Bringing safety focussed, state of the art training techniques to our learning & development capabilities, the EPC-UK team is adding interactive technologies to its portfolio of delivery tools using the latest virtual reality headsets and software enabled video footage. 

Brought together with a specialist online platform called Uptale, EPC-UK’s immersive learning technology programme, which has been driven by Marketing Assistant, Luke Williams, will allow employees to experience specially designed learning models – created using 360-degree camera footage. 

The Uptale software that is supporting the virtual reality technology is enabling Luke and the learning & development team to edit imagery and add narrations that bring camera-shot footage to life. This makes virtual reality learning highly interactive and will keep trainees safe as they learn to navigate the drilling & blasting environment. 

Safer through innovation

EPC-UK’s innovative training concept is being implemented following the success EPC France experienced in applying the same technologies to digitally advance training development within its teams. Detailing the new initiative further, Luke explains:

“We’re extremely excited to be bringing immersive learning techniques to the EPC-UK classroom. Intended to work hand-in-hand with traditional teaching methods, these new digitized capabilities will allow us to streamline classroom work and couple it with interactive exercises, such as quiz questions from which users can accumulate points as they progress through their learning schemes.”

Stimulating and effective

The immersive technology will give us tremendous scope to develop our training solutions in line with increasing technological developments that are occurring industry wide. The virtual reality experience, which is classroom based, is user-led and delivers training programmes that are stimulating and effective. Designed to move at a pace that suits individual learners, the schemes of immersive delivery do not progress until the user is ready, giving individuals the control to select the next programme option. This helps to prevent learners from feeling that modules have moved too far ahead of their level of understanding. Furthermore, by learning in virtual reality, the user experience can feel more “real” and tangible, as opposed to a traditional classroom session that’s delivered in isolation. By coupling both the virtual reality and classroom learning experiences together, we’re using the latest capabilities to support learners with the best of both worlds.”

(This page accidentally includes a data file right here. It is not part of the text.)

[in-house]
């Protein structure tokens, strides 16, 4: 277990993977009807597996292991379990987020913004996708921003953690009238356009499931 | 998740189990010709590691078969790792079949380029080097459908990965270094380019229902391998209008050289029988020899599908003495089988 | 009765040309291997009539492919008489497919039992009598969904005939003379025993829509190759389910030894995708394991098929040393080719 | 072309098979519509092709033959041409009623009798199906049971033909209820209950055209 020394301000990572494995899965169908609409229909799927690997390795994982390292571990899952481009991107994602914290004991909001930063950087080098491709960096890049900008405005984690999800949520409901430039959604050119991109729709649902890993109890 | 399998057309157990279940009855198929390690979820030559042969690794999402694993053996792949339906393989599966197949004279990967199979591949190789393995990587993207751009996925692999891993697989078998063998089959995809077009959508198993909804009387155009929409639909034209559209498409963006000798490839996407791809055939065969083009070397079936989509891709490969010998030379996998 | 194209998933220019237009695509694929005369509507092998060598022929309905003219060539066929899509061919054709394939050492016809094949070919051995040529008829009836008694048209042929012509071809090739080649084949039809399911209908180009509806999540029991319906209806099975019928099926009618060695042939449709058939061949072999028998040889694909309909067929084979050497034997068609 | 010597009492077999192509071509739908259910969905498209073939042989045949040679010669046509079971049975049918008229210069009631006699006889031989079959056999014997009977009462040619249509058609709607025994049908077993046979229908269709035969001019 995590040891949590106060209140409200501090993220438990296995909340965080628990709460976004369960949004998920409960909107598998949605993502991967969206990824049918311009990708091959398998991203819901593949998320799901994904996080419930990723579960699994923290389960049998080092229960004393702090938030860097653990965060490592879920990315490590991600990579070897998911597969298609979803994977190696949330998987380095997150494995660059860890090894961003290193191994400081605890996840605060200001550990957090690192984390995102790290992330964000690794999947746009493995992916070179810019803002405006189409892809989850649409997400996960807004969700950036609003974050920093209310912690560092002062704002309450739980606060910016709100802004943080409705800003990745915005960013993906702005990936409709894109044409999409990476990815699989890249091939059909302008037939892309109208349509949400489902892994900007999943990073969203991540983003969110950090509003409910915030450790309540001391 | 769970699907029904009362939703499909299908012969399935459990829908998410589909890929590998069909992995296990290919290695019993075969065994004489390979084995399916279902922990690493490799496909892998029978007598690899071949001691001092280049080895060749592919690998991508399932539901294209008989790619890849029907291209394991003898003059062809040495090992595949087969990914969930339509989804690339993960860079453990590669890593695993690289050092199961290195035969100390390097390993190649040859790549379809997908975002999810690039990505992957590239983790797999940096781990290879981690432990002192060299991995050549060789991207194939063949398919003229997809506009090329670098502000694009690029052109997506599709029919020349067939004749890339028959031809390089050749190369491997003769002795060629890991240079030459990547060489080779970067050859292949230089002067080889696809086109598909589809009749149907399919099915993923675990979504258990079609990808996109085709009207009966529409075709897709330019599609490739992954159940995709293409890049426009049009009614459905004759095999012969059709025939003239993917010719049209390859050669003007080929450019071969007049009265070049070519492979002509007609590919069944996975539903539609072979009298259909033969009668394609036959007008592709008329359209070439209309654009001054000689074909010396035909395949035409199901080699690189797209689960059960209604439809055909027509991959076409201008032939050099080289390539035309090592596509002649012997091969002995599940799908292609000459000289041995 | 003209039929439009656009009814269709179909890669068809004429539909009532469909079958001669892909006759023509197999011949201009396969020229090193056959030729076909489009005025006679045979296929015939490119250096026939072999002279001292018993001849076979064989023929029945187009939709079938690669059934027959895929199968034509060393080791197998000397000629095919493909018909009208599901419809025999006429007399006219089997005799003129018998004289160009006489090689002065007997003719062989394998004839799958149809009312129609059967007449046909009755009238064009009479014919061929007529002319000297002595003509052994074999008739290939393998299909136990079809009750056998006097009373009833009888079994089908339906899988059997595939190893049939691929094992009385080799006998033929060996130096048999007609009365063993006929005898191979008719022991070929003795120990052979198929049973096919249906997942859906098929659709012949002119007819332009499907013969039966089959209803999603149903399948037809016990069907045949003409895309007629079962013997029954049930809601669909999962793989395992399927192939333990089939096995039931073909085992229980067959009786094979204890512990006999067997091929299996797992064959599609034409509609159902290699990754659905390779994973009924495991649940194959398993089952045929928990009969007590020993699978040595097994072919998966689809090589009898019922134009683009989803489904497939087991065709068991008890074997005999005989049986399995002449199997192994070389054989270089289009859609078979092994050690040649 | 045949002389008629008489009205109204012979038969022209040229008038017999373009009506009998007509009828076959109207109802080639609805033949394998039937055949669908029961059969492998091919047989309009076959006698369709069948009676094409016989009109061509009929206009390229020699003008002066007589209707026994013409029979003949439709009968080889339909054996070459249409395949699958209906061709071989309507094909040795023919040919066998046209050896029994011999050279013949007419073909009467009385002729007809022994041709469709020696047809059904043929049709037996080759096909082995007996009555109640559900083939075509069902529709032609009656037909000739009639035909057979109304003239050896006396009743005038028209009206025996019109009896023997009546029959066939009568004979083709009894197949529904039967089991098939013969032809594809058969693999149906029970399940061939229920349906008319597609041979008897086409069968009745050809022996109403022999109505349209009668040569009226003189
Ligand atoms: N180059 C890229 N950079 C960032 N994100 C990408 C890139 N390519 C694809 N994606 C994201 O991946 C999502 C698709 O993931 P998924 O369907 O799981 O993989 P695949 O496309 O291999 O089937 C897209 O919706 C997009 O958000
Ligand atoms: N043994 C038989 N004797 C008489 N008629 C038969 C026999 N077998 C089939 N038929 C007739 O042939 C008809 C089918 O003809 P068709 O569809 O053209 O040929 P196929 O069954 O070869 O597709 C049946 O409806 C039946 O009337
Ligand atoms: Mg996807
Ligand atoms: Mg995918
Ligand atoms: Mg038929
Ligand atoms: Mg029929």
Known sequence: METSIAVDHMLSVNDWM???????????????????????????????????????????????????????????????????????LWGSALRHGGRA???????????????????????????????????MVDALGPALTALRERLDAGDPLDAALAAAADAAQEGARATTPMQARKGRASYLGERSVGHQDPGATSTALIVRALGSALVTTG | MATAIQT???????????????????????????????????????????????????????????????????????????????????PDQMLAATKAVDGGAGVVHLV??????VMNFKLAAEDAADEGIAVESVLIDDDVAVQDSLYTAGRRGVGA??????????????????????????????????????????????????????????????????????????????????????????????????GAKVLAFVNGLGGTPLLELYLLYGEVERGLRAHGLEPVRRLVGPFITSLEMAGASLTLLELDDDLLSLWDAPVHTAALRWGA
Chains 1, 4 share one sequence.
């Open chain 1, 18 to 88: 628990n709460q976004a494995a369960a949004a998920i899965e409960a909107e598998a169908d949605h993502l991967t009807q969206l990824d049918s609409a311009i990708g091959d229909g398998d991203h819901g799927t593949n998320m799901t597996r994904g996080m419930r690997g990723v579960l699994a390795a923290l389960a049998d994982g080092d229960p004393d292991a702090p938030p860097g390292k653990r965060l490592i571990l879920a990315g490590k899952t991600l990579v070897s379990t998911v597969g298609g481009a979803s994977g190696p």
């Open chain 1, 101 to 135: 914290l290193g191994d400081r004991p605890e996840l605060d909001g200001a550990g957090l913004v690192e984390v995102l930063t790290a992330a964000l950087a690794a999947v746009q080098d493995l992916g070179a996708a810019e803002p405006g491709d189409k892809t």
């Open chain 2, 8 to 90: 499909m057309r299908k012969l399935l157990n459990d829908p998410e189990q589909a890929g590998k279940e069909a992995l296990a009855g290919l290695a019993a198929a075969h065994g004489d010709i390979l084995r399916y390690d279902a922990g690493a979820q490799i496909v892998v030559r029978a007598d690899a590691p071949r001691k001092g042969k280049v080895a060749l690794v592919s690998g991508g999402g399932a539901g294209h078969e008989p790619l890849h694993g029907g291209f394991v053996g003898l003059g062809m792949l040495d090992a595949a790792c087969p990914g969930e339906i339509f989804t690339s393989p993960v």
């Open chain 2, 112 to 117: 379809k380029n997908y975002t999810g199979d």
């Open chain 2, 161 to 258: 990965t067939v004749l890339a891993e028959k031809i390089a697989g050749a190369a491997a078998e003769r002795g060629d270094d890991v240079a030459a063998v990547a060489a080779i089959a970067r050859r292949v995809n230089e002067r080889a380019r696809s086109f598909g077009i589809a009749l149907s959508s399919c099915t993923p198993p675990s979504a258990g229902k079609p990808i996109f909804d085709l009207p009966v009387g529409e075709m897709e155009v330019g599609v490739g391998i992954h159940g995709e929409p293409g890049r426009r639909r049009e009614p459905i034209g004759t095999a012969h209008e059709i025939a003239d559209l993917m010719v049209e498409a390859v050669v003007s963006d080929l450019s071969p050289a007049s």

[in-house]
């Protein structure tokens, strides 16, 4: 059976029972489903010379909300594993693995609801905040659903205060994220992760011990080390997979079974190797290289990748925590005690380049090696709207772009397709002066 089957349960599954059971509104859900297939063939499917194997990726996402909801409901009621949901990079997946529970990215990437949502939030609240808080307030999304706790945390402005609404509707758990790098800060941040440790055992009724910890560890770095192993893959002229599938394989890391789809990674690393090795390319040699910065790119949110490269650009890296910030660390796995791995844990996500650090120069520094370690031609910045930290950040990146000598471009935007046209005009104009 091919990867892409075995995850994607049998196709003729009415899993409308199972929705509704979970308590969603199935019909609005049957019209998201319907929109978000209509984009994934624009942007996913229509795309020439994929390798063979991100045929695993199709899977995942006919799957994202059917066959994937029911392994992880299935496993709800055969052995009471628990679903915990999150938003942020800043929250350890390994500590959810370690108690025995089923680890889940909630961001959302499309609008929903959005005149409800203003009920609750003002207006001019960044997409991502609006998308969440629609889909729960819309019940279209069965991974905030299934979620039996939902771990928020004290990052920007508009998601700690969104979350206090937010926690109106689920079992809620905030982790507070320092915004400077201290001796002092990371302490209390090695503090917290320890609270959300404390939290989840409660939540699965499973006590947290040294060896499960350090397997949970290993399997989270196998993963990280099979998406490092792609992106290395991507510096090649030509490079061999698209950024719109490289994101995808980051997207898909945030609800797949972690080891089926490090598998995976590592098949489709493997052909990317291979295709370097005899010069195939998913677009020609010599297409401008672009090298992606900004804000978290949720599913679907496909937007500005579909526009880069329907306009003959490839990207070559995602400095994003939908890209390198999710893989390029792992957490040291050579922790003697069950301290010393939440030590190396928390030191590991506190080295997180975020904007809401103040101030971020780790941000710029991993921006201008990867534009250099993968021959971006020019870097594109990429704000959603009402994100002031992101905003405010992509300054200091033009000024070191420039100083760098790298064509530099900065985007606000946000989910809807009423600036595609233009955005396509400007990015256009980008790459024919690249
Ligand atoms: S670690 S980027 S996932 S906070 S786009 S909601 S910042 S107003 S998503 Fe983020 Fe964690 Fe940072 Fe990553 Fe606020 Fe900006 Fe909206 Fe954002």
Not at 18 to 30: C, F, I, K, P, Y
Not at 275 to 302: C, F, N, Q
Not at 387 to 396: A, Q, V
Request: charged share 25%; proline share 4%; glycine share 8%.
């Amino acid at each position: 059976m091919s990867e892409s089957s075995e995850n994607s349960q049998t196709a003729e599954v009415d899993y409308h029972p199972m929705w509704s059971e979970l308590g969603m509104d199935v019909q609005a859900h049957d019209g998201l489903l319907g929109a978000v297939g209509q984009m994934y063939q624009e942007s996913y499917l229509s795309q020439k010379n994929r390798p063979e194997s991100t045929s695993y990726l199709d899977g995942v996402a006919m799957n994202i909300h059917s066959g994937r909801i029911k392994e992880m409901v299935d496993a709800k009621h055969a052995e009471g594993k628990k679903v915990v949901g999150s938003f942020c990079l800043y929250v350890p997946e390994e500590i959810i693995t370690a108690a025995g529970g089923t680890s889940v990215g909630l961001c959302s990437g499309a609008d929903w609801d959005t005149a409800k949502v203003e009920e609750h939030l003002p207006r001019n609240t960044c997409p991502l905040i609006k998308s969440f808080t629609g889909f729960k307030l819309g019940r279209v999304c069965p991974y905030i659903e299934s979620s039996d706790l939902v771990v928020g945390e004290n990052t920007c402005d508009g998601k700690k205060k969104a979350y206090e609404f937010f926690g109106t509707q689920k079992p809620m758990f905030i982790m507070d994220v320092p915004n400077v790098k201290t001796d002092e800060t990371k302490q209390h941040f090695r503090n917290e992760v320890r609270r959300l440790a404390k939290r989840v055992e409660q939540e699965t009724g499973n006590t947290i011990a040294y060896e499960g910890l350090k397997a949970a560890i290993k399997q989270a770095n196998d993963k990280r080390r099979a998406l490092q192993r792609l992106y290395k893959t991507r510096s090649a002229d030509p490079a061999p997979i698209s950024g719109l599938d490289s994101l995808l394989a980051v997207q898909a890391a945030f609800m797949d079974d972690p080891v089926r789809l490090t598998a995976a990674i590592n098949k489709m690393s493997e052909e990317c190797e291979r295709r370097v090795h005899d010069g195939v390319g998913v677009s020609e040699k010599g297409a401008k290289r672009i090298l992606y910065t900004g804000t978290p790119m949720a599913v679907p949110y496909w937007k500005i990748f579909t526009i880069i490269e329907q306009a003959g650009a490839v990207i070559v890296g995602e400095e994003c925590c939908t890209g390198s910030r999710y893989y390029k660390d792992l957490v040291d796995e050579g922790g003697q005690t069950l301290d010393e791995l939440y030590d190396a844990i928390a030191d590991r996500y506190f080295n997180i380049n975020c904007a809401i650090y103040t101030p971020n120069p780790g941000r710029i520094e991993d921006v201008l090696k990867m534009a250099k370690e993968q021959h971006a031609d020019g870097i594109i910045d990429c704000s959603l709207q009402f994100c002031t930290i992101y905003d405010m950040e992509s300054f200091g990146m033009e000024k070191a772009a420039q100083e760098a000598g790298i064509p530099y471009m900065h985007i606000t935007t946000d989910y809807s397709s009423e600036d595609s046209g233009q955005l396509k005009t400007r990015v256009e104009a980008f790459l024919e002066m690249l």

Camera, action

Luke explains that the first training module EPC-UK’s Learning & Development team has created supports training for new starters operating the company’s MB52 Multiblend truck.

To generate the camera footage needed, Luke brought Dan Pearson, EPC-UK Multiblend Specialist, on board to not only help advise on the content, but personally feature within the learning-based recording.  

“Dan took the part of the main character in the recorded footage, with Kieran Bridge, Multiblend Operative, playing a supportive role” Luke explains.  “Dan has been an ideal choice for involvement in the project, as he is qualified to drive and operate the truck and understands first-hand the key information that new starters need to know. This made his input invaluable and enabled him to play an instrumental part in devising the storyboard for the filmed recording.”

Technology working together

The recorded footage is used in conjunction with our Uptale software – the French-designed, interactive learning platform initially utilised by EPC France. By benefiting from wider EPC Groupe implementation experiences, Luke says he’s been able to work collaboratively with others and take advantage of a global pool of knowledge to help him bring our own immersive learning programme together. 

Luke hopes that the MB52 Multiblend truck learning module he and the team have created will be the first of several enabling programmes of digitized delivery. He plans to progress additional modules to enhance learners’ MB52 Multiblend truck training experiences, then advance several areas of process safety training that could also be augmented via a virtual reality module.

Safer, innovative learning

“In my view the success of immersive learning within the drilling & blasting environment comes down to the medium’s potential to offer realism and engagement, whilst keeping learners safe at all times,” Luke adds. “Ultimately the aim of any training – in any industry – is to create learning examples that feel as close to working experiences as possible. Theoretically, alumni of the immersive learning course will be able to visualise the actions they performed in virtual reality and conduct related tasks on site more effectively than if they’d simply watched a classroom demonstration. It’s an exciting time for our learning & development capabilities and I look forward to progressing further training opportunities and improvements that will keep EPC-UK placed as a leading innovator in both the training and drilling & blasting fields.”